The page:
Gyan was on the top of his game in the match against Uruguay but it could have been so much better. With the game heading into extra time, Luis Suarez handled the ball on the goal line. Gyan missed the resulting penalty with the very last kick of the game. The Black Stars went out of the competition 4-2 in the penalty shootout.
Move To Sunderland
On the 31st August 2010, Gyan signed for English Premier League side Sunderland. The £13 million deal broke Sunderland’s transfer record. He signed a four-year deal worth a reported £50,000 per week.
His first season at his new club went well. He came on as a half-time substitute on his debut versus Wigan Athletic and promptly scored the game’s opening goal. His debut season in the Premier League brought 11 goals in 36 games. Not bad for his first season and at times it looked like he could become a genuine Premier League star.
The Lure of Even More Money Part One
The beginning of the following season saw no goals in his first matches. His head was then turned by a big money move elsewhere. Big money for him anyway. This was not a big transfer fee deal to Manchester, Milan or Madrid; it was to United Arab Emirates side AL-Ain FC. The deal would allegedly give Gyan up to four times the salary he was on at Sunderland. The Black Cats obviously wanted to keep the striker but his head had been turned by money. At this point Sunderland went about trying to secure the best deal for themselves.
The initial deal made was for Gyan to go to AL-Ain on a season-long loan. Sunderland would receive £6 million from the deal. Gyan scored a total of 27 goals during this spell, helping his side win the title.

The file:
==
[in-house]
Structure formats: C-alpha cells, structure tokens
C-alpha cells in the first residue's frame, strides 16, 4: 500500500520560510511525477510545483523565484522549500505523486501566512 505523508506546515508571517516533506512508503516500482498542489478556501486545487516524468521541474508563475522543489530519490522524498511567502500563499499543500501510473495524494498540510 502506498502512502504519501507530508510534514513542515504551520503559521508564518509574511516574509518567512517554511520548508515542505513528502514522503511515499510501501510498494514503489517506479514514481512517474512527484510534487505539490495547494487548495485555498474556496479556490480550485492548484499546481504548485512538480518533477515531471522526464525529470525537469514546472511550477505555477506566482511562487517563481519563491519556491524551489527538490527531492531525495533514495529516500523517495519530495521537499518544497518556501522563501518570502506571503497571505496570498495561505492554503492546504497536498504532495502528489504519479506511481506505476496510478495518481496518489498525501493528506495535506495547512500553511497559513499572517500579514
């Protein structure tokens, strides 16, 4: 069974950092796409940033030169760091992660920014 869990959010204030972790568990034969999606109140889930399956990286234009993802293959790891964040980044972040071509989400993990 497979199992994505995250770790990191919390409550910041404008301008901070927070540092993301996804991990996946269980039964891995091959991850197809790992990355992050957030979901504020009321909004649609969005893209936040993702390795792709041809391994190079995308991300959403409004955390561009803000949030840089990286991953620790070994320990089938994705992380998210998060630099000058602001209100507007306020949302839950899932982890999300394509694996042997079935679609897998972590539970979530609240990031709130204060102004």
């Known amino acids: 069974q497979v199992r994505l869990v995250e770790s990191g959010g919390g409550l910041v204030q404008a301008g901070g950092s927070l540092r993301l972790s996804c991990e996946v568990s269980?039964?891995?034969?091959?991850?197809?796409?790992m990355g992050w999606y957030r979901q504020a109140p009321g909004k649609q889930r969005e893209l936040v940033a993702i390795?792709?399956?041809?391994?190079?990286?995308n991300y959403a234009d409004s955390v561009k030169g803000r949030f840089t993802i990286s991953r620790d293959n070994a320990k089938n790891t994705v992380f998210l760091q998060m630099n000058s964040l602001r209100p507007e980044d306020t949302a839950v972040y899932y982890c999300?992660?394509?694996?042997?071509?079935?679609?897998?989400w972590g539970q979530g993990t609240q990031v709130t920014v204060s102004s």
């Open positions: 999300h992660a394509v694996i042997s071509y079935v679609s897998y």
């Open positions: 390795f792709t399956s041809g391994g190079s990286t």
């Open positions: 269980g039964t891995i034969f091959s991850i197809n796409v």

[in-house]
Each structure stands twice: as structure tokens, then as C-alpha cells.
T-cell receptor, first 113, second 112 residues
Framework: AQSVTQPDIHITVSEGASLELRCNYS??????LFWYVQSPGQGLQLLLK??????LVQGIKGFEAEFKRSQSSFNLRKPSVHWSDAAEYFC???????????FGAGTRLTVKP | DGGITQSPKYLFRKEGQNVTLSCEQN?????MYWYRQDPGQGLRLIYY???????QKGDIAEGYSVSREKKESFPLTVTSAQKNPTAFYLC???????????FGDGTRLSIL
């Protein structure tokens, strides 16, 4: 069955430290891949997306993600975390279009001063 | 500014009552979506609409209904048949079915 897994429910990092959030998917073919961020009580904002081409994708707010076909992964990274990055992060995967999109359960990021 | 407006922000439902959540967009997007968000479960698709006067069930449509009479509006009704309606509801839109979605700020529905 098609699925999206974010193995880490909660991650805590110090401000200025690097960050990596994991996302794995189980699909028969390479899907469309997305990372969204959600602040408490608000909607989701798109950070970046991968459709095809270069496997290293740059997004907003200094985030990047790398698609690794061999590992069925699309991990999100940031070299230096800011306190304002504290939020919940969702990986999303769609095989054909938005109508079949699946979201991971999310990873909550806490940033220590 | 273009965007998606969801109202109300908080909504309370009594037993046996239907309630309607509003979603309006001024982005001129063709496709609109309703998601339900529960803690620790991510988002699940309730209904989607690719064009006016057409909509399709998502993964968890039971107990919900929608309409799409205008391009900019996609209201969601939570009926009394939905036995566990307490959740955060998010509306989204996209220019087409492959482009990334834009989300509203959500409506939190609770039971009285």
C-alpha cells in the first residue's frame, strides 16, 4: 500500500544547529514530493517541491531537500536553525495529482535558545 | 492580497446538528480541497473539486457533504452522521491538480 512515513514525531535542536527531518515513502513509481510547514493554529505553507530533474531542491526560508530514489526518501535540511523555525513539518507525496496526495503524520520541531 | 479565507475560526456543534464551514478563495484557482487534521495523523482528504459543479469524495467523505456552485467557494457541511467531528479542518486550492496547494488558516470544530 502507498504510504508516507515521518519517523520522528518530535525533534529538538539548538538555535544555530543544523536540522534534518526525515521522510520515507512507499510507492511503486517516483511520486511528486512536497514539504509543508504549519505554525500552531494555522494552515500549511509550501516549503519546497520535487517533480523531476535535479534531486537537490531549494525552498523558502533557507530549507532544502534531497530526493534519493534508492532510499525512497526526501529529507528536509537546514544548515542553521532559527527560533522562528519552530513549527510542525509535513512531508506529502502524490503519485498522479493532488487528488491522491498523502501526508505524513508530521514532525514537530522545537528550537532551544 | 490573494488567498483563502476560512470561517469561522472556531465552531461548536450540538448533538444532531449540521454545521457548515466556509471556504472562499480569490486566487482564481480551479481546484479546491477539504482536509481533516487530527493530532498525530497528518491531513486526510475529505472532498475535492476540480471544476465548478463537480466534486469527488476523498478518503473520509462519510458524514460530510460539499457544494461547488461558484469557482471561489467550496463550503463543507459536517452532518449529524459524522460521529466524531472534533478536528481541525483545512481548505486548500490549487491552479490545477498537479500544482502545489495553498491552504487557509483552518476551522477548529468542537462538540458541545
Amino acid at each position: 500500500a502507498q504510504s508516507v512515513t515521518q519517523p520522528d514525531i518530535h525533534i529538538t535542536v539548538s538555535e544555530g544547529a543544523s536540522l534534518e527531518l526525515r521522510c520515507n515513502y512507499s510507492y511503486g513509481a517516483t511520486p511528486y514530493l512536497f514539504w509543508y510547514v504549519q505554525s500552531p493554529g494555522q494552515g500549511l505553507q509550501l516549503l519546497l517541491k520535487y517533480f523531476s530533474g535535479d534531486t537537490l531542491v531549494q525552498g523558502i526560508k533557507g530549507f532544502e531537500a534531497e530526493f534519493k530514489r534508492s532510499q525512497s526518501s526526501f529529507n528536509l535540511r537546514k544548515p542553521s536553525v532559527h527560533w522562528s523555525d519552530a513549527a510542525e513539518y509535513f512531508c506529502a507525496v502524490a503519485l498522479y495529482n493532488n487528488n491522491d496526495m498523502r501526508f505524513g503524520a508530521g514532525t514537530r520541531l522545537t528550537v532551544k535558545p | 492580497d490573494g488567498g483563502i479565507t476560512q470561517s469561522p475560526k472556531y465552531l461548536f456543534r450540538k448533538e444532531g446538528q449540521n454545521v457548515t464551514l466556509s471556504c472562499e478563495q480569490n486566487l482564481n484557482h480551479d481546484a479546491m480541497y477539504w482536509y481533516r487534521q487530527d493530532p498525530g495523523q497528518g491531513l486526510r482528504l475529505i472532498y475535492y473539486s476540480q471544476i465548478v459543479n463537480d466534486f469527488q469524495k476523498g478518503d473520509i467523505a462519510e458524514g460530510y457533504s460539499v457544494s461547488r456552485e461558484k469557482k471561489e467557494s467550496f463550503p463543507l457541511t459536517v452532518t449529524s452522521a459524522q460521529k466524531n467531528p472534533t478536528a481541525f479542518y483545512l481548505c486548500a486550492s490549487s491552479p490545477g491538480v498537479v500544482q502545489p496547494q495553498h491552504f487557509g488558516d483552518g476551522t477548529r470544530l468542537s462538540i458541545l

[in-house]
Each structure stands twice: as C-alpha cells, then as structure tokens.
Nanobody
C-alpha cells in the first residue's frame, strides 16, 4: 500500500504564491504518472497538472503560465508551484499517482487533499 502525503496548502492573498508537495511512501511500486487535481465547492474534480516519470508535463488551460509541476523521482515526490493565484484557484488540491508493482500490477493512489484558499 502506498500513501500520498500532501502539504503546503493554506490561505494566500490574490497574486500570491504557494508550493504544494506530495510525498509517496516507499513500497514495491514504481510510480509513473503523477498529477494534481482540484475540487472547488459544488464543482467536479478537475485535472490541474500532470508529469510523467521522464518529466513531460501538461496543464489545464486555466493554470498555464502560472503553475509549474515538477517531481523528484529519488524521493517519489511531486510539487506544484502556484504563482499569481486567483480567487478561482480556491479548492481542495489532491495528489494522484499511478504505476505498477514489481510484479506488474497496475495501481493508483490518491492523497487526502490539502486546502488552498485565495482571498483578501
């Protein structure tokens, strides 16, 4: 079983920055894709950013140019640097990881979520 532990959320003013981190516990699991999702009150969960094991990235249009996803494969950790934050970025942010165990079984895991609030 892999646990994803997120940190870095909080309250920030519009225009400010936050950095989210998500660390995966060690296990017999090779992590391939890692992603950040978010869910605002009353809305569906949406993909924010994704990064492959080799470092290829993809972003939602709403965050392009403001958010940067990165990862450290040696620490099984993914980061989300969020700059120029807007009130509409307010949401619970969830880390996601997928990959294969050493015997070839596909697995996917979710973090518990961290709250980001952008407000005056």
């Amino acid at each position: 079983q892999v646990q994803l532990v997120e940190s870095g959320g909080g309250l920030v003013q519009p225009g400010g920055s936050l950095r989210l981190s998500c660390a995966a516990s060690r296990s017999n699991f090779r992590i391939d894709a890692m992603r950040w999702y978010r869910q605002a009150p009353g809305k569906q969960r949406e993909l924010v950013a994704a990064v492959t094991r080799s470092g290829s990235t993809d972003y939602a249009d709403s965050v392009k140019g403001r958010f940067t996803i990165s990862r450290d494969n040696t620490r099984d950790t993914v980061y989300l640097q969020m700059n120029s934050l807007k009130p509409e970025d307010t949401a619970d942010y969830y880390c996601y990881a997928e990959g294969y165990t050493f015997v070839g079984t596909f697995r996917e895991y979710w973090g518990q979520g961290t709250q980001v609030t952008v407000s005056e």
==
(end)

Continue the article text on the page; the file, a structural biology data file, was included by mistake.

In 2012 with the striker unwilling to return to Sunderland, he signed permanently with Al-Ain FC with tax free wages reported to be around £6 million per season. Sunderland’s fee is undisclosed but reports suggest that they received an extra £4 million plus a percentage of any future transfer fee. During the next three seasons the forward scored plenty of goals; however it was in a poor league compared to the standard he had been used to.
The Lure of Even More Money Part Two
In the summer of 2015, Gyan confirmed he would be moving on again. He made the announcement via his own website that he was off to the Chinese Super League. Shanghai SIPG FC would be his next stop with a salary of £227,000 coming with it. This salary made him not only the highest paid player at the club but one of the best paid players in the world. However, recurring injuries has not made this move a successful one.
Latest reports suggest that Gyan could be on the move once more. Shanghai have recently purchased Brazilian forward Hulk and this may make Gyan surplus to requirements.
Financially he would have been hard pressed to make as much money elsewhere in football. However, money isn’t everything in football, especially when many are very well paid to begin with. It makes you wonder what might have been had he continued to ply his trade in Europe. What if he stayed on at Sunderland for while longer and continued to impress? Maybe a big money move to one of Europe’s to clubs? He may now be the proud owner of many medals.
Unfortunately you can’t help but think that Asamoah Gyan was not in this for the love of the game. It was purely for the quick financial benefits.